Alternative to Watch? Home safe?
I have a 'home shop'...making furniture and small boxes.    I have, for years, used Watco...several coat put on with 400 grit...then...paste wax.   The finish is excellent and has great wear properties.     A few weeks ago, one of the rags that I was using got misplaced and when I found was quite warm...I have no clue what would have happened if I had not located it.   THUS...I want to explore if there are finishes that can duplicate the success I had with oil and wax...but with LOW VOC and no flammability.    I see that Tried and True is one.   Anyone have any feedback?    I would like to work safely indoors.
I've never used Watco, but it's described as an oil/varnish mix. The warmness you found was the drying oil component (linseed oil I would guess) oxidizing...just the curing process.What you might try is ( for no flammability) is just a wiping varnish. It's cheaper to mix your own (50/50 varnish with MS) or you can buy it in a few different labels. (Check this article by Flexner). What I'm not sure of is whther it will meet your criteria on low VOC. The best to get that is to use a waterborne, but I don't know of any that are wipe on and they may not give you the appearance you're after. Back to wiping varnish. Varnish contains a drying oil, usually linseed oil, but the cooking process that makes varnish combines it with the resins and whatnot to eliminate the flammability problem. If you mixed some BLO in with the varnish/ MS, then you would be back to a form of danish oil and the oxidizing problem. Of course, you could just stick with Watco and keep a 5 gallon bucket with water to throw your cloths in.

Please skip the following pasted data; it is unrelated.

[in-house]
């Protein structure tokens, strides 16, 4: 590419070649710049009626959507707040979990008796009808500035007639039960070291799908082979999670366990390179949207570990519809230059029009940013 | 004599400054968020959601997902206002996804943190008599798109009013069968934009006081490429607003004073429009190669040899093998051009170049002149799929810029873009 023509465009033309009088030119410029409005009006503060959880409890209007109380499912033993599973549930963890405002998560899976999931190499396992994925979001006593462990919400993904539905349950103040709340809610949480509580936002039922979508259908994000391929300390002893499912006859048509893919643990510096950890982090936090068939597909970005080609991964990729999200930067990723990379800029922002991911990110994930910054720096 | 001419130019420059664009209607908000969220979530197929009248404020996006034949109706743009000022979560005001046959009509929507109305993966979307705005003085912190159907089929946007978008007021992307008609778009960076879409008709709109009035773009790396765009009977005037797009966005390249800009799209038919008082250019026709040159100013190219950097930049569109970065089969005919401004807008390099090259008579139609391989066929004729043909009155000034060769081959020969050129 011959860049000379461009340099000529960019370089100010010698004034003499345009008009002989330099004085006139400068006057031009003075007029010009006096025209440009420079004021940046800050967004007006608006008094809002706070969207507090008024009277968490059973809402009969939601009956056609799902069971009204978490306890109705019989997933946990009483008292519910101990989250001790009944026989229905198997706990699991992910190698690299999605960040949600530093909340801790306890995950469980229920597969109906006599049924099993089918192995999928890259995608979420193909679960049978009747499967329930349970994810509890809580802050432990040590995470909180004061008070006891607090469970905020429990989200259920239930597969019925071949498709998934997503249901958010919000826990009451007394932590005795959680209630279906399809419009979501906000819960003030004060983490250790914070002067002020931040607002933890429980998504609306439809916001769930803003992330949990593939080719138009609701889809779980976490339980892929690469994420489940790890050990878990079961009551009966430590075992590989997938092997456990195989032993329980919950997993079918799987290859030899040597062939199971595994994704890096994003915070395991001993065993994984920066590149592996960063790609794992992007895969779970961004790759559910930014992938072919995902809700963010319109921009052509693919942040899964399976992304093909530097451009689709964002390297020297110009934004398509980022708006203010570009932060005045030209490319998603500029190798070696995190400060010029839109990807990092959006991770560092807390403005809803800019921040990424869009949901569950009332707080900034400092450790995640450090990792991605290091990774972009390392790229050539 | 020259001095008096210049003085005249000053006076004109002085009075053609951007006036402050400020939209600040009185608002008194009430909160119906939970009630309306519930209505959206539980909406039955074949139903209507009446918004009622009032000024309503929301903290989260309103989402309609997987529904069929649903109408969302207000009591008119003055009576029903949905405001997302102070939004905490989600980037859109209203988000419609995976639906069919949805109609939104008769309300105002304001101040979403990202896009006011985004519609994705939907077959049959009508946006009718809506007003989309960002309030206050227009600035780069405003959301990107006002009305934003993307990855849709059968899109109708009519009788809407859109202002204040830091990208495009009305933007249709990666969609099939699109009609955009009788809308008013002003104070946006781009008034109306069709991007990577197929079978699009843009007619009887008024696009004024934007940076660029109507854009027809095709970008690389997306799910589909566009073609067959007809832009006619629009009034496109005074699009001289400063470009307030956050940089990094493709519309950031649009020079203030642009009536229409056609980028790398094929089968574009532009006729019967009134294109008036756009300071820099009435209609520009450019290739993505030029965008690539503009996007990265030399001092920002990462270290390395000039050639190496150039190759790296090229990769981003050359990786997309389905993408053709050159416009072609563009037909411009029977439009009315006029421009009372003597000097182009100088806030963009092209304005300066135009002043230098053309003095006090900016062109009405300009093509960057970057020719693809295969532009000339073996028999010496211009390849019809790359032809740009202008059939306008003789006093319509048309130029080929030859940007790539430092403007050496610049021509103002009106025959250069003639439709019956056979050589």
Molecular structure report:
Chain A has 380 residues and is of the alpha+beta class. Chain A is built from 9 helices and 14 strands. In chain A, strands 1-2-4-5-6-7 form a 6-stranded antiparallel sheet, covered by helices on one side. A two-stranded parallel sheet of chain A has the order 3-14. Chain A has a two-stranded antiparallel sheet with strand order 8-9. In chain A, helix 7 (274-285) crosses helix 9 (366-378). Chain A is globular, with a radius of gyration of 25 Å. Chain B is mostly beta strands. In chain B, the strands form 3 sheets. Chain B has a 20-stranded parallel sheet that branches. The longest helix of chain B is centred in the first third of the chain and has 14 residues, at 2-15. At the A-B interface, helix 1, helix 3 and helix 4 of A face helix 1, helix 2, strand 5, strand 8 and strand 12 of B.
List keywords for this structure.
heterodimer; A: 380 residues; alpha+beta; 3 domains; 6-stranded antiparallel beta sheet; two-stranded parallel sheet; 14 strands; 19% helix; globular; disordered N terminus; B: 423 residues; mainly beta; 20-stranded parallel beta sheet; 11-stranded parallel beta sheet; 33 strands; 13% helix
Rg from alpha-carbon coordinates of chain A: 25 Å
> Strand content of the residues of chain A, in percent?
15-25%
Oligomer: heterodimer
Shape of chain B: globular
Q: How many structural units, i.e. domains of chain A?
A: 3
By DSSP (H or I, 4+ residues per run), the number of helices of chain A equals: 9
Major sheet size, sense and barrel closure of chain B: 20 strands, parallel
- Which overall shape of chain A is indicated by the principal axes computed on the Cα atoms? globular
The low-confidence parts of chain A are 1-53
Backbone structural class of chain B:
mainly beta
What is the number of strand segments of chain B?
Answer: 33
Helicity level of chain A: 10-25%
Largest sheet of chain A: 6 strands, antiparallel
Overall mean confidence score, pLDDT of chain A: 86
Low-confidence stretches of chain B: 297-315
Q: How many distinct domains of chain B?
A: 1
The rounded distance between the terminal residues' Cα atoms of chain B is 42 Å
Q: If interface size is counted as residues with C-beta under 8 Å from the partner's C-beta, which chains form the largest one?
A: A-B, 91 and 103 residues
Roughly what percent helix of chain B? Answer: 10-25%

I started with absolutely nothing. Now, thanks to years of hard work, careful planning, and perseverance, I find I still have most of it left.
Rag can
Neil Summers Home Inspections

When it comes to 'lectricity, I'm a pretty good wood turner.

... Grey Mountain 3/2/21

Not sure where I heard it, but if I used a lot of separate cloths/paper towels at one time, I put them in a bucket of water.  Next sunny day I'd lay them out outdoors to dry flat and then threw them away.   They still smelled, so not sure this proper either... but I never had any fires.
The story I heard was Watco-Dennis, the original mfr, got sued because some knucklehead burned down his house.   They then took it off the market.   Some time later, another company bought the rights and put it back on the market.  It's now made by Rust-Oleum, an RPM company.

The general rule is this reaction (linseed oil polymerizing) creates heat.  Heat causes the reaction to accelerate (general rule is doubles speed every 18 degrees F).  This causes more heat. (repeat)

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